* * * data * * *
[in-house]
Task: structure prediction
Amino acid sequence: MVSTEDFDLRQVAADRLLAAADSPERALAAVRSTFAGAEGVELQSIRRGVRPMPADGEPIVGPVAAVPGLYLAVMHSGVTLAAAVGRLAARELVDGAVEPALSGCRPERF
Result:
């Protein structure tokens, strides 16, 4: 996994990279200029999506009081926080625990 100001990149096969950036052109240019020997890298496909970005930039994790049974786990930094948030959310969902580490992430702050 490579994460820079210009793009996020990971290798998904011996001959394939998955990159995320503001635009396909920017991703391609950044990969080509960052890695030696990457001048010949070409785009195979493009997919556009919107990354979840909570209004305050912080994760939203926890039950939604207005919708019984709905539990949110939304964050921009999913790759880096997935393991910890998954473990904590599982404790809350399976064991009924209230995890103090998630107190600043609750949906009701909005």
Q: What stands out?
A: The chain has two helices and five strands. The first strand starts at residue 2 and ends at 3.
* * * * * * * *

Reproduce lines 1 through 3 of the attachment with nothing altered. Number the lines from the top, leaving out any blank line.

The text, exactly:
[in-house]
Task: structure prediction
Amino acid sequence: MVSTEDFDLRQVAADRLLAAADSPERALAAVRSTFAGAEGVELQSIRRGVRPMPADGEPIVGPVAAVPGLYLAVMHSGVTLAAAVGRLAARELVDGAVEPALSGCRPERF